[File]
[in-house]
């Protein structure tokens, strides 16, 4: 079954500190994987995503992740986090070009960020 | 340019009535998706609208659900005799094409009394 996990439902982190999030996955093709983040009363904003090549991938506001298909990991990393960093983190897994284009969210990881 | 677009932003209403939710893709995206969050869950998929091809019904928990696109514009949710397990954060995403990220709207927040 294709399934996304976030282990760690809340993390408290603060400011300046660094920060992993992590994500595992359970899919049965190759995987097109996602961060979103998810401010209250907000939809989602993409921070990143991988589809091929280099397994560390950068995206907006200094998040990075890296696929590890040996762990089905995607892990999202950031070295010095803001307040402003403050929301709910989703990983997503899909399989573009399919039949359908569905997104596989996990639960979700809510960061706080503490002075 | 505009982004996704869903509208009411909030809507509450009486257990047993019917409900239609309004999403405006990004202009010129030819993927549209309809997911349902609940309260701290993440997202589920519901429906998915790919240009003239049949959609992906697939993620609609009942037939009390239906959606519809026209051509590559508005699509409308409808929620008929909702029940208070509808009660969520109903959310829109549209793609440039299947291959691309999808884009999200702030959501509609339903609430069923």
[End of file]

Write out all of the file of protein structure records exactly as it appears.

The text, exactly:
[in-house]
């Protein structure tokens, strides 16, 4: 079954500190994987995503992740986090070009960020 | 340019009535998706609208659900005799094409009394 996990439902982190999030996955093709983040009363904003090549991938506001298909990991990393960093983190897994284009969210990881 | 677009932003209403939710893709995206969050869950998929091809019904928990696109514009949710397990954060995403990220709207927040 294709399934996304976030282990760690809340993390408290603060400011300046660094920060992993992590994500595992359970899919049965190759995987097109996602961060979103998810401010209250907000939809989602993409921070990143991988589809091929280099397994560390950068995206907006200094998040990075890296696929590890040996762990089905995607892990999202950031070295010095803001307040402003403050929301709910989703990983997503899909399989573009399919039949359908569905997104596989996990639960979700809510960061706080503490002075 | 505009982004996704869903509208009411909030809507509450009486257990047993019917409900239609309004999403405006990004202009010129030819993927549209309809997911349902609940309260701290993440997202589920519901429906998915790919240009003239049949959609992906697939993620609609009942037939009390239906959606519809026209051509590559508005699509409308409808929620008929909702029940208070509808009660969520109903959310829109549209793609440039299947291959691309999808884009999200702030959501509609339903609430069923």